Re: GPL v3 Draft 3- text and comments
Francesco Poli wrote:
Clause 5d in GPLv3draft3 is basically unchanged with respect to previous
drafts. It's worse than the corresponding clause 2c in GPLv2... :-(
It's an inconvenience and border-line with respect to freeness.
Actually this clause restricts how I can modify what an interactive
program does when run. It mandates a feature that I *must* implement in
*any* interactive interface of my modified work. It's very close to
place an unacceptable restriction on modification. What is more awkward
is that it seems that when a non-interactive work is modified so that it
becomes an interactive work, the modifier is *compelled* to implement
these features in *any* newly created interactive interface...
I would like to see clause 5d dropped entirely.
I agree that it's not very good. Given that persuading the FSF to drop
the clause entirely at this late stage is unlikely, can we come up with
a form of wording to suggest which at least makes it no worse than GPLv2?
I would be happy to see all these "permissions to add restrictions"
entirely dropped from Section 7.
===> not a Freeness issue, but a great loss, since, if this mechanism is
kept in the final GPLv3 text, GPL-compatibility will no longer be a
DFSG-compliance guarantee... :-(
Can you give an example of a DFSG-non-compliant term that could be
introduced under section 7?
b. requiring preservation of specified reasonable legal notices or
author attributions in source or object code forms of material added
by you to a covered work; or
:::: Kills copyleft: are these the cousins of GFDL's Invariant Sections?
What exactly is a "reasonable legal notice"? What exactly is an "author
attribution"? It seems that these terms are not defined anywhere in the
license. I'm concerned that they could be interpreted in a broad sense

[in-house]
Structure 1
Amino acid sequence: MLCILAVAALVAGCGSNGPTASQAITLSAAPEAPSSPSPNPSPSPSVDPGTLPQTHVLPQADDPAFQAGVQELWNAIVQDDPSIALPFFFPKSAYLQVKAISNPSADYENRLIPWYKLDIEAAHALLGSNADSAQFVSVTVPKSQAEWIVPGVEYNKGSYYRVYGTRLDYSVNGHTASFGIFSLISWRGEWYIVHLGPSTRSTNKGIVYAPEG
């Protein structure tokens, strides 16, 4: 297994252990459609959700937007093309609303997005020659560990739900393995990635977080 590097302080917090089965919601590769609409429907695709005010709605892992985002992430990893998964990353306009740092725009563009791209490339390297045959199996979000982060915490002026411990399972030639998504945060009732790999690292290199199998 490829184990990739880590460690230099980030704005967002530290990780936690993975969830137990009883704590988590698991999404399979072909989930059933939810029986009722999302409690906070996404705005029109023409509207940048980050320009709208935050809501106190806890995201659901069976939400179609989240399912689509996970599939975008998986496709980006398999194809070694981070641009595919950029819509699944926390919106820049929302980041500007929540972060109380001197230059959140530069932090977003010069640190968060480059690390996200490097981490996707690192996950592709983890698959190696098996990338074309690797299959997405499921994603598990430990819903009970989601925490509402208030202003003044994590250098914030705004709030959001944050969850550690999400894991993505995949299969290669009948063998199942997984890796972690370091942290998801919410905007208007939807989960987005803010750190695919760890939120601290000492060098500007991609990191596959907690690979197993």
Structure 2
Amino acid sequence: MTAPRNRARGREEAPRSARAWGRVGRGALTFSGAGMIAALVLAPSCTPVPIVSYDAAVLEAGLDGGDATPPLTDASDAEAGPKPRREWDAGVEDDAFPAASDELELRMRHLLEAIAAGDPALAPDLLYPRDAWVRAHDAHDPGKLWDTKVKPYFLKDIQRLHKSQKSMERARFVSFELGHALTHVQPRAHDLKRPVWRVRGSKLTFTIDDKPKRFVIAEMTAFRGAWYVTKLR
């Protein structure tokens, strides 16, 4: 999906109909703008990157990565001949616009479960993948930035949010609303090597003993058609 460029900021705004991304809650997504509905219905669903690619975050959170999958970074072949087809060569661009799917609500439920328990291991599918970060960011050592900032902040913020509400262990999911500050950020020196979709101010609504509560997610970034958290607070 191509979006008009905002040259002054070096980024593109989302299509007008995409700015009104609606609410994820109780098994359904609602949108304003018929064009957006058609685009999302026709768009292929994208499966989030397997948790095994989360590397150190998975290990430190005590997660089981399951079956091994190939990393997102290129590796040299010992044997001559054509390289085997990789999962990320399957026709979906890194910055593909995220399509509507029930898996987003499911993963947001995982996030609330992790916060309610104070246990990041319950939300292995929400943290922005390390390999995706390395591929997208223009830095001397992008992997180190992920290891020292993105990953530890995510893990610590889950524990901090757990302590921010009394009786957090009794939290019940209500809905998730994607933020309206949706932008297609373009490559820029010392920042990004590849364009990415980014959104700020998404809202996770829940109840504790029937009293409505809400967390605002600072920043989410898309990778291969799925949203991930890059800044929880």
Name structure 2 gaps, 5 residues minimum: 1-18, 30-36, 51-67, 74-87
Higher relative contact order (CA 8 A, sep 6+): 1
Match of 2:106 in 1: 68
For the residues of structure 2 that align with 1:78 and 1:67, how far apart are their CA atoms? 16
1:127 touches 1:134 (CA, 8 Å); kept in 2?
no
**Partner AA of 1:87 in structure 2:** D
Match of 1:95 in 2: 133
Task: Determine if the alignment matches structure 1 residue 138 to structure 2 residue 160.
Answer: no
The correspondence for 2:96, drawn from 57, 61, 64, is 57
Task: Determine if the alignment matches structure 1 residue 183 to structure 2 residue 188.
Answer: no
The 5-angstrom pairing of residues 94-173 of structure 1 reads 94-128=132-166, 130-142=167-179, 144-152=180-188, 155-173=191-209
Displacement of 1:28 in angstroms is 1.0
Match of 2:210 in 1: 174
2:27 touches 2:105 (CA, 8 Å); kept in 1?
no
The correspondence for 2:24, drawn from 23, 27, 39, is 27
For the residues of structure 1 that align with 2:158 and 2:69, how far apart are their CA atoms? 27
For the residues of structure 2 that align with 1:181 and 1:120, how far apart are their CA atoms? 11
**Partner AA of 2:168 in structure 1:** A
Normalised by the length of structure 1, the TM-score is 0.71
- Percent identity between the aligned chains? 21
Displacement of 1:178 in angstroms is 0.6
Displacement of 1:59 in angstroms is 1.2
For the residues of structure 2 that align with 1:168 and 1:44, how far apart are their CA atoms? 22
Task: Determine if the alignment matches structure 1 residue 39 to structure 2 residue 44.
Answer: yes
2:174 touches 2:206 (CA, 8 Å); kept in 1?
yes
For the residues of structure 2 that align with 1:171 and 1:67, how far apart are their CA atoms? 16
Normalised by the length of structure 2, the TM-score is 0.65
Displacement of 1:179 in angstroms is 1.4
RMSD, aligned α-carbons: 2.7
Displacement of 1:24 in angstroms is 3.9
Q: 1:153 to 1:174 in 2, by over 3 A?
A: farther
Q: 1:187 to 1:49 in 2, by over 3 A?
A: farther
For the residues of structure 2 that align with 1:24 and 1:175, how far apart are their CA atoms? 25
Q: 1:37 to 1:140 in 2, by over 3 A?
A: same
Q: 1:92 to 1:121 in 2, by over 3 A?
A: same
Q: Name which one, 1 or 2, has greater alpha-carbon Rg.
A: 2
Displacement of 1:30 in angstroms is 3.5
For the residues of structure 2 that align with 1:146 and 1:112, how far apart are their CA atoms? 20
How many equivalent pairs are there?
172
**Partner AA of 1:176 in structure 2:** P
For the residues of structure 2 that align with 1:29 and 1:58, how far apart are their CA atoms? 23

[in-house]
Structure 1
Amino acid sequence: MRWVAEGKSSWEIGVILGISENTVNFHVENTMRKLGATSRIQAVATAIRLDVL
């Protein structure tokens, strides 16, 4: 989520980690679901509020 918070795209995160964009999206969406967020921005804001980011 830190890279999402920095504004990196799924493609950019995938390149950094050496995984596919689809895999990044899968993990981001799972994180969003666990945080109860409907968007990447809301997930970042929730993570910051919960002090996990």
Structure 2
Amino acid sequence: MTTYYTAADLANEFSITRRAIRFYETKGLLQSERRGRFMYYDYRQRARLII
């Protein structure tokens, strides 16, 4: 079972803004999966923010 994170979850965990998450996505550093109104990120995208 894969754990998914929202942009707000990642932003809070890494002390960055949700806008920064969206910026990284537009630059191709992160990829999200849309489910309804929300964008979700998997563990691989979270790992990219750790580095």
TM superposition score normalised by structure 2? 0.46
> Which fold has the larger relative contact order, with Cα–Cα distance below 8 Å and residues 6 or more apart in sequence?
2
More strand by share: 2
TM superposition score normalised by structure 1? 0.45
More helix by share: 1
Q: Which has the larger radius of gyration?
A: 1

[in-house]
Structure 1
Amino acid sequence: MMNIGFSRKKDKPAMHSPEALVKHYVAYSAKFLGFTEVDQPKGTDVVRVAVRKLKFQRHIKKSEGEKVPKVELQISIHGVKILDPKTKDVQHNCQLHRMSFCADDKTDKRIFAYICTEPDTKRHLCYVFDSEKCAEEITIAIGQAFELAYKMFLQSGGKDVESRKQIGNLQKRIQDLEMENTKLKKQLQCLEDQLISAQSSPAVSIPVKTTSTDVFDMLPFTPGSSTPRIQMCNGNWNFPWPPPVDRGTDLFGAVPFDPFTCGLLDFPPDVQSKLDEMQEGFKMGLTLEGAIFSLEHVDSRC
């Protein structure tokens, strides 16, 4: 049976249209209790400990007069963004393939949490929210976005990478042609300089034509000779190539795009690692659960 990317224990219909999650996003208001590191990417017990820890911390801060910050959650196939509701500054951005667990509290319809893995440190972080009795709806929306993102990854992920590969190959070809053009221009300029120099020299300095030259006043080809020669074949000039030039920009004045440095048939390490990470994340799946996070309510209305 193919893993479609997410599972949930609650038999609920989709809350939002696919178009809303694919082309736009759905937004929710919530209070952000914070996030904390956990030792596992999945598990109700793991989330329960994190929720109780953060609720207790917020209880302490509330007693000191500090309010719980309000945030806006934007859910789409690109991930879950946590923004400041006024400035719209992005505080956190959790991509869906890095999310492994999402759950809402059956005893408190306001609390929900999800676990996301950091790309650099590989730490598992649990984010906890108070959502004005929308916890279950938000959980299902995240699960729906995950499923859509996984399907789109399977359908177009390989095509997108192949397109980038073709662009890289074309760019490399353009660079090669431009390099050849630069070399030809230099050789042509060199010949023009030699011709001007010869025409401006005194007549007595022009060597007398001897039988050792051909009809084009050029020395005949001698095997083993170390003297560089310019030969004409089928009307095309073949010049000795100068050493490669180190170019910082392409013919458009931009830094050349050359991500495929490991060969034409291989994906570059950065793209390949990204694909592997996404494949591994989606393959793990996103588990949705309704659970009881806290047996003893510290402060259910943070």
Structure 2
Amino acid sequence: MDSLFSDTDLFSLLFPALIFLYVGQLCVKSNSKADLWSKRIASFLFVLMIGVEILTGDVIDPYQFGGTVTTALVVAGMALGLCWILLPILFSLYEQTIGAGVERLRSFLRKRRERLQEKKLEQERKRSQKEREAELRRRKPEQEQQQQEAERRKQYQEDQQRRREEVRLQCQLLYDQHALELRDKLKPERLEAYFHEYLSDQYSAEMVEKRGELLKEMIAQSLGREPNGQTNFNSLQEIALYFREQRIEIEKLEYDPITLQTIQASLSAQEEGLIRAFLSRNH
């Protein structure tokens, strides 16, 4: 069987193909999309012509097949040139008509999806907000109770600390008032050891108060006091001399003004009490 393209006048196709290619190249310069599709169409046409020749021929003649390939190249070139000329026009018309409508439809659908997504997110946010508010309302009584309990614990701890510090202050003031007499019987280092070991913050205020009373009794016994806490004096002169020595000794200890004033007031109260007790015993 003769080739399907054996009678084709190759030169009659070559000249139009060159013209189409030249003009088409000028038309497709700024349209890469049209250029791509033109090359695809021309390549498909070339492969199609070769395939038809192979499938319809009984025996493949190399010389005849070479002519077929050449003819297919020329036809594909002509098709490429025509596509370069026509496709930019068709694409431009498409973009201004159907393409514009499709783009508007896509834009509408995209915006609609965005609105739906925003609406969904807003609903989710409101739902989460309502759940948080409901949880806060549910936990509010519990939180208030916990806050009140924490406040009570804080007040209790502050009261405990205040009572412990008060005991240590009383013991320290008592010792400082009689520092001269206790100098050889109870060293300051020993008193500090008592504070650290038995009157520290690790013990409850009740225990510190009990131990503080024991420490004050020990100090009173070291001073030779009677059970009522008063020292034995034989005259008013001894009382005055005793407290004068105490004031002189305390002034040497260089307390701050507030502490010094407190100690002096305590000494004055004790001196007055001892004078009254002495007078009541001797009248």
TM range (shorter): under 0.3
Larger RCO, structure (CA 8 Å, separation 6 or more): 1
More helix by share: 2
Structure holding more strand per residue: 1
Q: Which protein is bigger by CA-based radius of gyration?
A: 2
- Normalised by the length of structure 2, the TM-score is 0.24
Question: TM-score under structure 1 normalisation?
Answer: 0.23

and allow people to take a GPLv3'd work and add some sort of invariant
long text that nobody will ever be able to remove or modify...
I can't see any judge with a decent grasp of English or the notion of a
"legal notice" or "author attribution" permitting the attachment of the
GNU Manifesto to a work under this clause. Can you give a concrete
example of a problematic situation you see?
BTW, does this section make GPLv3 compatible with the license of OpenSSL?
13. Use with the Affero General Public License.
:::: Kills copyleft: compatibility with a yet unknown license
This section introduces a form of compatibility with a license that is
yet unreleased and thus possibly non-free: the Affero General Public
License, version 2. The AfferoGPL v1 is, in my opinion, a non-free
license, due to its clause 2(d). I won't restate all the reasons for my
conclusions (more details in
As a consequence, I have few hopes that the forthcoming version 2 of
the AfferoGPL will be a free license.
Being compatible with an unknown (and thus possibly non-free) license
destroys the copyleft mechanism of the GPLv3.
"Destroys" is a bit strong. This clause is a permission to link;
therefore, as I read it, the GPLv3 copyleft weakens to an "LGPL"-style
copyleft in the case of linking with the Affero GPL. Each bit of code
remains under its own license.